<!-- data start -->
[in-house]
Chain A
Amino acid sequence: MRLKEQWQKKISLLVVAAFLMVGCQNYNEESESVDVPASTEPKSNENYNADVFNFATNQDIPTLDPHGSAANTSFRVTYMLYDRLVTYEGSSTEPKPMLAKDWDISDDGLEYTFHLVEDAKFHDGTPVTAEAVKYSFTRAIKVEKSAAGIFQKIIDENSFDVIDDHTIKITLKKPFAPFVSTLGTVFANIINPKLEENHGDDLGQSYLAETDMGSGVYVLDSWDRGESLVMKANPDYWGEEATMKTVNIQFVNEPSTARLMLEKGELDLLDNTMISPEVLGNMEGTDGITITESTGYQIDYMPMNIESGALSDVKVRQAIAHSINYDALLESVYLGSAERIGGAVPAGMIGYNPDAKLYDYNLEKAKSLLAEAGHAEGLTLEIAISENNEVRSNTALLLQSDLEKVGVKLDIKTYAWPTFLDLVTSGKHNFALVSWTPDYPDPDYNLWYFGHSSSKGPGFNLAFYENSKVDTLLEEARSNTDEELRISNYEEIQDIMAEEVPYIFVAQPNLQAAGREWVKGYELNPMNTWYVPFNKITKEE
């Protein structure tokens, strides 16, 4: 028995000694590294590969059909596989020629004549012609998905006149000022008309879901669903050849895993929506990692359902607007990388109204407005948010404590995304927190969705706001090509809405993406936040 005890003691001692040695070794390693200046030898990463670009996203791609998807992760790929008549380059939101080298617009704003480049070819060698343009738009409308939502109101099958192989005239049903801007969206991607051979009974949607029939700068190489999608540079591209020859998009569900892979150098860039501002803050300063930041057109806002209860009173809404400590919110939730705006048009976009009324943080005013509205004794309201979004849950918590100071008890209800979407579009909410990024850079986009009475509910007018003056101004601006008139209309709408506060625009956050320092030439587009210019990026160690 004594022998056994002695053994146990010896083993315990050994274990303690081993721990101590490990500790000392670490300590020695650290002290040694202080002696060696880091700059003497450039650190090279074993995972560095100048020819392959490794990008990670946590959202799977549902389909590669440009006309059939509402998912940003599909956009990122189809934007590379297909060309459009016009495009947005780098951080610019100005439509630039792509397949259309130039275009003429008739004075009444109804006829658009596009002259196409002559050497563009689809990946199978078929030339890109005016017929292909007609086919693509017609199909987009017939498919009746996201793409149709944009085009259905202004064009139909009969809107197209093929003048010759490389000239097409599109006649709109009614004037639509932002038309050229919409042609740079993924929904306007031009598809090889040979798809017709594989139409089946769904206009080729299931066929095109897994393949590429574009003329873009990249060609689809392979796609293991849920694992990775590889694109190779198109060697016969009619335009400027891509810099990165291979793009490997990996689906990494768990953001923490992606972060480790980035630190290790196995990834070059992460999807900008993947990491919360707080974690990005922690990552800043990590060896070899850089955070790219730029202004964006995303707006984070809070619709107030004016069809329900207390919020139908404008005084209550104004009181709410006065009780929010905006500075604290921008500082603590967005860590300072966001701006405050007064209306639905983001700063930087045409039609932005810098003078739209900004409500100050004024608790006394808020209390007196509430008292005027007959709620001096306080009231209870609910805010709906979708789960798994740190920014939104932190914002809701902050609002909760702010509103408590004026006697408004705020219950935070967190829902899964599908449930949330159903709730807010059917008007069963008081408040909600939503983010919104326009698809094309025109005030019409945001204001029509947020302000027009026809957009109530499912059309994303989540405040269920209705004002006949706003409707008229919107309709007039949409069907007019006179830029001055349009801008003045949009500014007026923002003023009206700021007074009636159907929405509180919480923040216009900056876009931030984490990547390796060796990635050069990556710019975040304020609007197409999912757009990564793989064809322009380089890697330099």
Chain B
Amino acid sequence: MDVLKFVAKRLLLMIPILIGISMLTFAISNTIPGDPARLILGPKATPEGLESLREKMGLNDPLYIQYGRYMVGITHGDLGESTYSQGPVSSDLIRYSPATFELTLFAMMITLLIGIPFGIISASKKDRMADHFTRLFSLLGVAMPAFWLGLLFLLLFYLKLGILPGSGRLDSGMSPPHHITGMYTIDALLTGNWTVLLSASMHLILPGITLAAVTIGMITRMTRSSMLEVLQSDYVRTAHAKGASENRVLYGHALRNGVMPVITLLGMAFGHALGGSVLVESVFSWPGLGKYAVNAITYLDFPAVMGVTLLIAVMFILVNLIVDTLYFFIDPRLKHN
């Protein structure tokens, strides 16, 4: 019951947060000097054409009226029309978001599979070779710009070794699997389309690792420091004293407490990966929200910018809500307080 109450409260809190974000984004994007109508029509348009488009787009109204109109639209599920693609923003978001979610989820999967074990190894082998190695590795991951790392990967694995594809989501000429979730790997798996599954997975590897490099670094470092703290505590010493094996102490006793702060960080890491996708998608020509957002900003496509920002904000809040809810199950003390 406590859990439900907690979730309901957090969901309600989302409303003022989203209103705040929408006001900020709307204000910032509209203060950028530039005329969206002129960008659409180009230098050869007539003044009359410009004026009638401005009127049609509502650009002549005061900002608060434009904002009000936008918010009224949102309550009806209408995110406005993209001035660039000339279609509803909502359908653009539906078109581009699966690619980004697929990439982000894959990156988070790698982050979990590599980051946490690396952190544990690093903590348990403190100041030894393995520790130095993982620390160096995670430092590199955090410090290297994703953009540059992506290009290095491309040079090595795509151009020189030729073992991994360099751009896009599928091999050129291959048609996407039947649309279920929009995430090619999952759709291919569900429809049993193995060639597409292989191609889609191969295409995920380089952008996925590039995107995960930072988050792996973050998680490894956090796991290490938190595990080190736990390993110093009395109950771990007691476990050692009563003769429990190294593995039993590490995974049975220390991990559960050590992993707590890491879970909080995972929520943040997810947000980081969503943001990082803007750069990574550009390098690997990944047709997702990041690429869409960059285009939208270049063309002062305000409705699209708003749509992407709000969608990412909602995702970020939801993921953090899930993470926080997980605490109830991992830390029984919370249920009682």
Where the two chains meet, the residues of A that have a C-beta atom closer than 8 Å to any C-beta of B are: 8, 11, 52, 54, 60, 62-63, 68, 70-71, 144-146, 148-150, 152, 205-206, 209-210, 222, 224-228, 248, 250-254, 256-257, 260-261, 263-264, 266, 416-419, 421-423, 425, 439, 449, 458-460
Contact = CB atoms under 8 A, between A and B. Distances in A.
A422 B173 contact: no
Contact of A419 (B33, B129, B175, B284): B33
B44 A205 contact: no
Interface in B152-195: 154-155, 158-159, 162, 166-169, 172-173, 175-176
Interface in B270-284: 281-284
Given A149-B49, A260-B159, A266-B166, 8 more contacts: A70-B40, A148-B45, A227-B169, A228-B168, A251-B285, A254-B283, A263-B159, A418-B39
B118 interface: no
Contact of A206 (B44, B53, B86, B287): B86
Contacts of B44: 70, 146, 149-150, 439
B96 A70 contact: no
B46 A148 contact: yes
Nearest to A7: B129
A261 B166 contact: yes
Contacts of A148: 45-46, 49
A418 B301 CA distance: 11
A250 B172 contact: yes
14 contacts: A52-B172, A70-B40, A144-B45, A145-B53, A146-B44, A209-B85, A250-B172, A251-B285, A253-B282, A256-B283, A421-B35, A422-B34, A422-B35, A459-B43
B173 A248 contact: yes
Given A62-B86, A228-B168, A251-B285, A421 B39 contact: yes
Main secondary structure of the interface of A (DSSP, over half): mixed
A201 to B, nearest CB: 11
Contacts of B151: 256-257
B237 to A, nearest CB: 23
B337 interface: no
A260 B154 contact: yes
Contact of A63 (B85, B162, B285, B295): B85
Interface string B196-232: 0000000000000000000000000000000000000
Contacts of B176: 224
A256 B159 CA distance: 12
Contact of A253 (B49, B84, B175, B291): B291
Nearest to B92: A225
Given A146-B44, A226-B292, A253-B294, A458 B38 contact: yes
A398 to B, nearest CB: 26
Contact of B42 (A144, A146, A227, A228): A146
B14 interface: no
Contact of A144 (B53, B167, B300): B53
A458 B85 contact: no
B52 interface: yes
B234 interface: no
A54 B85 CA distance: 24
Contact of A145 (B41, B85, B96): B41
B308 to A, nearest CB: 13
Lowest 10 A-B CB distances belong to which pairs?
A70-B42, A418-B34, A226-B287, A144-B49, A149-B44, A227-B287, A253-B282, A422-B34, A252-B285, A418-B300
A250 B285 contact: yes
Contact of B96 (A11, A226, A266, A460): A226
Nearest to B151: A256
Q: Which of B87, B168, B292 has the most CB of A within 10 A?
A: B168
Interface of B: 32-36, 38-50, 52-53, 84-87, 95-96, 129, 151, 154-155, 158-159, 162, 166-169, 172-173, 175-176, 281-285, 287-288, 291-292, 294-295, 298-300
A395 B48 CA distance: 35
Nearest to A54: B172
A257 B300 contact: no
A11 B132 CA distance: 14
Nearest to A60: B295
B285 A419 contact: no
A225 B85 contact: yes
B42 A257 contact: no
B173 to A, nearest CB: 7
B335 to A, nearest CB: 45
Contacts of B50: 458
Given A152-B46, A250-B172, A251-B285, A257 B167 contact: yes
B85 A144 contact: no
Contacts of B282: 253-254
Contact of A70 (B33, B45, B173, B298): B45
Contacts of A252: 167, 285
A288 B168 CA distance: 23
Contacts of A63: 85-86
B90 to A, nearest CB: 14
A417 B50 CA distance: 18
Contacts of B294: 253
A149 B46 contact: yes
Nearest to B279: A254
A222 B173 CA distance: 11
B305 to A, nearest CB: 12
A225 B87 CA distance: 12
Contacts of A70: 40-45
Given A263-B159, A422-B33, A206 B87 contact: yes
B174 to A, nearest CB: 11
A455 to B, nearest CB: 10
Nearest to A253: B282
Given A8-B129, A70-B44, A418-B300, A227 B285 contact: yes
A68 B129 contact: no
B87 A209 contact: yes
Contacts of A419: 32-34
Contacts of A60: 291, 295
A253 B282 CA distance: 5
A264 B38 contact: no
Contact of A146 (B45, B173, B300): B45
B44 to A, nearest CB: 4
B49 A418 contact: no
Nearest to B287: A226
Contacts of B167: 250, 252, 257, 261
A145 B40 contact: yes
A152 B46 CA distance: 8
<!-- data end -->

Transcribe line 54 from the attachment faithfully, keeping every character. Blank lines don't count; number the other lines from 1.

A250 B285 contact: yes